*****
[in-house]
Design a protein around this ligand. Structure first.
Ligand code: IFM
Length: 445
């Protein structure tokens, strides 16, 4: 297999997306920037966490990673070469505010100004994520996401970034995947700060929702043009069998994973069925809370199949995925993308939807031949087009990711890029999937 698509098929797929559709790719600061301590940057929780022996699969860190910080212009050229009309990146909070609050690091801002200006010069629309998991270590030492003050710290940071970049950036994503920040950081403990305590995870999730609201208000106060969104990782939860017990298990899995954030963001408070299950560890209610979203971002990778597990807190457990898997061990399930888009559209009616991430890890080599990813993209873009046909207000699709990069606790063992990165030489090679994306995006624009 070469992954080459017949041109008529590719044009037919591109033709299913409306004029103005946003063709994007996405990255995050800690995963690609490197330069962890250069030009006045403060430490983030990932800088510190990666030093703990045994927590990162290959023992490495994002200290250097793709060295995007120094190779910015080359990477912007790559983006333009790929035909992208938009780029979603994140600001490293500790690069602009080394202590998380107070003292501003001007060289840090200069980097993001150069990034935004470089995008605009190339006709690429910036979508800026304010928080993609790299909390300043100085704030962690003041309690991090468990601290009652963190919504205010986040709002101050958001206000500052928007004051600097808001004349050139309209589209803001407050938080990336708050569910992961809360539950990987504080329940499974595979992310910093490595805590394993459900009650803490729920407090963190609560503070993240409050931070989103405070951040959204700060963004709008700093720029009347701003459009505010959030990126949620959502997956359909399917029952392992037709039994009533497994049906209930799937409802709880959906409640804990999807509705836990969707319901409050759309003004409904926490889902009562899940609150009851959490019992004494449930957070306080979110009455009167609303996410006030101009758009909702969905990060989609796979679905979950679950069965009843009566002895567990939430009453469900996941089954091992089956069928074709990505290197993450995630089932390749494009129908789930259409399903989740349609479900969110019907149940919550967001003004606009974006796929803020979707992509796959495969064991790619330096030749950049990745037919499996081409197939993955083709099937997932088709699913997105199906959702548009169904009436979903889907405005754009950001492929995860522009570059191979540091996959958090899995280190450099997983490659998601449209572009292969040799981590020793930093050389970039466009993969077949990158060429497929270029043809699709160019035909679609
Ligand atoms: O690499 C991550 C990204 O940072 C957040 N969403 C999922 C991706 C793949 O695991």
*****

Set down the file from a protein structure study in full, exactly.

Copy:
[in-house]
Design a protein around this ligand. Structure first.
Ligand code: IFM
Length: 445
């Protein structure tokens, strides 16, 4: 297999997306920037966490990673070469505010100004994520996401970034995947700060929702043009069998994973069925809370199949995925993308939807031949087009990711890029999937 698509098929797929559709790719600061301590940057929780022996699969860190910080212009050229009309990146909070609050690091801002200006010069629309998991270590030492003050710290940071970049950036994503920040950081403990305590995870999730609201208000106060969104990782939860017990298990899995954030963001408070299950560890209610979203971002990778597990807190457990898997061990399930888009559209009616991430890890080599990813993209873009046909207000699709990069606790063992990165030489090679994306995006624009 070469992954080459017949041109008529590719044009037919591109033709299913409306004029103005946003063709994007996405990255995050800690995963690609490197330069962890250069030009006045403060430490983030990932800088510190990666030093703990045994927590990162290959023992490495994002200290250097793709060295995007120094190779910015080359990477912007790559983006333009790929035909992208938009780029979603994140600001490293500790690069602009080394202590998380107070003292501003001007060289840090200069980097993001150069990034935004470089995008605009190339006709690429910036979508800026304010928080993609790299909390300043100085704030962690003041309690991090468990601290009652963190919504205010986040709002101050958001206000500052928007004051600097808001004349050139309209589209803001407050938080990336708050569910992961809360539950990987504080329940499974595979992310910093490595805590394993459900009650803490729920407090963190609560503070993240409050931070989103405070951040959204700060963004709008700093720029009347701003459009505010959030990126949620959502997956359909399917029952392992037709039994009533497994049906209930799937409802709880959906409640804990999807509705836990969707319901409050759309003004409904926490889902009562899940609150009851959490019992004494449930957070306080979110009455009167609303996410006030101009758009909702969905990060989609796979679905979950679950069965009843009566002895567990939430009453469900996941089954091992089956069928074709990505290197993450995630089932390749494009129908789930259409399903989740349609479900969110019907149940919550967001003004606009974006796929803020979707992509796959495969064991790619330096030749950049990745037919499996081409197939993955083709099937997932088709699913997105199906959702548009169904009436979903889907405005754009950001492929995860522009570059191979540091996959958090899995280190450099997983490659998601449209572009292969040799981590020793930093050389970039466009993969077949990158060429497929270029043809699709160019035909679609
Ligand atoms: O690499 C991550 C990204 O940072 C957040 N969403 C999922 C991706 C793949 O695991």